Gypsy Spirit on Imelda May's Tribal

1 1 1 1 1 1 1 1 1 1 Rating 92% (5 Votes)

Imelda May’s Tribal maintains her authentic sound, though—as with her previous albums—Imelda is never just about rockabilly.  The primary sound is rockabilly and no wonder with Darrel Higham for a husband and band mate.  So you are guaranteed great guitar throughout, yet Imelda May’s music is certainly not a single groove. If there is a weakness in Tribal it’s its variety.  It would be nice to hear more songs in certain of the directions explored on Tribal.

Tribal enters the room, chin up with attitude, with pure rock and roll with “Tribal” leading followed by “Wild Woman” before settling down to more traditional rockabilly with “It’s Good to be Alive.” The first two could be The Runaways with great new material.  After those three songs things get more varied, but Higham’s guitar and Imelda’s voice are brilliant together throughout.

A Couple of Good James Bond Themes and A Variety Pack

There are some notable branches off from the traditional rock and roll and rockabilly here, including the 50s girl-band sound of “Little Pixie” and jazz-blues “Gypsy in Me” and the tribal, Celtic-rock sound of “Ghost of Love.” The latter could easily serve as a great James Bond theme.  Yeah, it’s varied—and you may miss that variety if you go in thinking it’s rockabilly.  It’s a lot more than that. “Wicked Way” also belongs with Bond and yet the next one is 80s punk.... It’s varied, but it’s good.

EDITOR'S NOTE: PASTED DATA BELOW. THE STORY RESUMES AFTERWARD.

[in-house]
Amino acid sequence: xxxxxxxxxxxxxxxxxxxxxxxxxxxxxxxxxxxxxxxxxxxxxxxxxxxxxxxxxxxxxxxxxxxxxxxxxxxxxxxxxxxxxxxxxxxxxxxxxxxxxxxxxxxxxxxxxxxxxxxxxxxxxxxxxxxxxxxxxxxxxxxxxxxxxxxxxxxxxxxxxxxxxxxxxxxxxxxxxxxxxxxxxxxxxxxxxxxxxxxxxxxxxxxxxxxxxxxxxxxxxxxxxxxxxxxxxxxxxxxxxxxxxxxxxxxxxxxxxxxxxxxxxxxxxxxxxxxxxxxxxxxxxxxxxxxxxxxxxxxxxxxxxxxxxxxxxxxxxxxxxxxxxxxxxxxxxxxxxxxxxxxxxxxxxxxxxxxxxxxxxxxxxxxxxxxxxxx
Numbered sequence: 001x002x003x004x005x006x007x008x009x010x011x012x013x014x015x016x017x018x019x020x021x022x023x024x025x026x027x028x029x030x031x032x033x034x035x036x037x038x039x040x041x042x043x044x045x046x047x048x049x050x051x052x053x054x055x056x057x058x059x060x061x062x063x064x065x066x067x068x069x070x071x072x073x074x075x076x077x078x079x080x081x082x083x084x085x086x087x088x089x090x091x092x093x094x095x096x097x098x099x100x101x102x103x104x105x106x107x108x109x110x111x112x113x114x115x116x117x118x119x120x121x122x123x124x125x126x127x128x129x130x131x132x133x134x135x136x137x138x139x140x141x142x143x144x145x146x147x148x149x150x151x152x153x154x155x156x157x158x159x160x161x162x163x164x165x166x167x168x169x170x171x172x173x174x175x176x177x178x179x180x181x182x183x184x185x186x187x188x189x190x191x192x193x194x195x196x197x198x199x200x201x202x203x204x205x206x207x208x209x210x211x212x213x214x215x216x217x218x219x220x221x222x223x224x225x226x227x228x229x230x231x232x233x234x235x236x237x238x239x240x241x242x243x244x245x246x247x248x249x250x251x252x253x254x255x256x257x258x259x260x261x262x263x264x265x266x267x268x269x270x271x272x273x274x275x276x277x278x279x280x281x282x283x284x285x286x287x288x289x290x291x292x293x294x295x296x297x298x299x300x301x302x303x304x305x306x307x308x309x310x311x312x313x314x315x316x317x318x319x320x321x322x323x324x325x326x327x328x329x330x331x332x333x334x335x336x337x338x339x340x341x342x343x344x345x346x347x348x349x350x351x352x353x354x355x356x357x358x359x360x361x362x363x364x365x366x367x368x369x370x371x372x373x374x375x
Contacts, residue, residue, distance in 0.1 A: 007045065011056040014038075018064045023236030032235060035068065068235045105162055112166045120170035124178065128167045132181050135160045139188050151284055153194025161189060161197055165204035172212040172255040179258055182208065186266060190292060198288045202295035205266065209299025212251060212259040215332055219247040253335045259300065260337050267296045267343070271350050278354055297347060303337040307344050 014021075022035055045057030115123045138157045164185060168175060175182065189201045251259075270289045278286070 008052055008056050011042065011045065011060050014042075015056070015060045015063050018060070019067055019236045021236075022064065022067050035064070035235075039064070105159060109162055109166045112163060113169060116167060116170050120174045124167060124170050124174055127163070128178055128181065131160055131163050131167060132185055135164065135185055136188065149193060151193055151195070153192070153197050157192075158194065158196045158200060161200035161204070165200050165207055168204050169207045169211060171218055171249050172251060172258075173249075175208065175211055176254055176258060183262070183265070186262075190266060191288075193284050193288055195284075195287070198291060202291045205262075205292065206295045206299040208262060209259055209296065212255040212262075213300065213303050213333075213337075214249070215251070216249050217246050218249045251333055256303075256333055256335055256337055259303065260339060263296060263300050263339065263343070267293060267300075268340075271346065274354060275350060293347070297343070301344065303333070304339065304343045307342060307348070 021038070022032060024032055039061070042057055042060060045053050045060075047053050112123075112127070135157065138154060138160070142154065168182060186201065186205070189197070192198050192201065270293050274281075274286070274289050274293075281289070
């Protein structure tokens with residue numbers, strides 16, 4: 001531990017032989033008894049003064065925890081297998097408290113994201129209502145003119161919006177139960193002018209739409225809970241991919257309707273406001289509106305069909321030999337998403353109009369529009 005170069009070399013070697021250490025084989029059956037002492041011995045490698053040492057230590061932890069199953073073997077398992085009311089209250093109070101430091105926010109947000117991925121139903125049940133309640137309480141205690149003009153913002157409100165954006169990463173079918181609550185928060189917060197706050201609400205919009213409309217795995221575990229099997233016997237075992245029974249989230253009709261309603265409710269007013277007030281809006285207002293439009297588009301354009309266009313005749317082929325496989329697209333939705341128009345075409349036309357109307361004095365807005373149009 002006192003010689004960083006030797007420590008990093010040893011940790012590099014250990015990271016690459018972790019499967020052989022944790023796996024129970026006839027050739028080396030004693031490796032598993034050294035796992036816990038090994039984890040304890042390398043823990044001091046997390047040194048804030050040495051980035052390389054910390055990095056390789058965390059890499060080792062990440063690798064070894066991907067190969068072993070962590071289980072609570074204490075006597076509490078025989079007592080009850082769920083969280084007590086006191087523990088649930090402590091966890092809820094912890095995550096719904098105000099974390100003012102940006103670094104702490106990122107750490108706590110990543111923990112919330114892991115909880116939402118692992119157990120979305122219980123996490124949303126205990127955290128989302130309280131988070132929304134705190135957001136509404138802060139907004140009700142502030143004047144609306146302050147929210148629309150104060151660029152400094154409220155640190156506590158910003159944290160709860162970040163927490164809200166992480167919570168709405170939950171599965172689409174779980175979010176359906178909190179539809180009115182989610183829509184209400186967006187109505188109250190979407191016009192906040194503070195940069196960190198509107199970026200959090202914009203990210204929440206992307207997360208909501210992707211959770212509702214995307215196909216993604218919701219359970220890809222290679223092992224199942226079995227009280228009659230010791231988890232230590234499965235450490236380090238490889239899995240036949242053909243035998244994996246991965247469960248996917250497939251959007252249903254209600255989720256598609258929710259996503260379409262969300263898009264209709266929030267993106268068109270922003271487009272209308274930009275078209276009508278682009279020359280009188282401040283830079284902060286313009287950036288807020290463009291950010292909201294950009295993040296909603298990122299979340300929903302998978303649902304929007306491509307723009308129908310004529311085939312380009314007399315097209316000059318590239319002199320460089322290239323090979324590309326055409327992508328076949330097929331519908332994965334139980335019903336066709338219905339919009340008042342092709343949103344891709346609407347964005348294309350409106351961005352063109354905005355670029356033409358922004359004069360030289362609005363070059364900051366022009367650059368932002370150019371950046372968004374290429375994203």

If you are looking for rockabilly though, the last two tunes on the album won’t let you down.  “I Wanna Dance” and “Right Amount of Wrong” are more traditional. When you look at Tribal as a whole it’s the kind of mix that sounds like it is going somewhere together, not too far from its rockabilly roots—but somewhere new, once all the threads are brought together.





embed video plugin powered by Union Development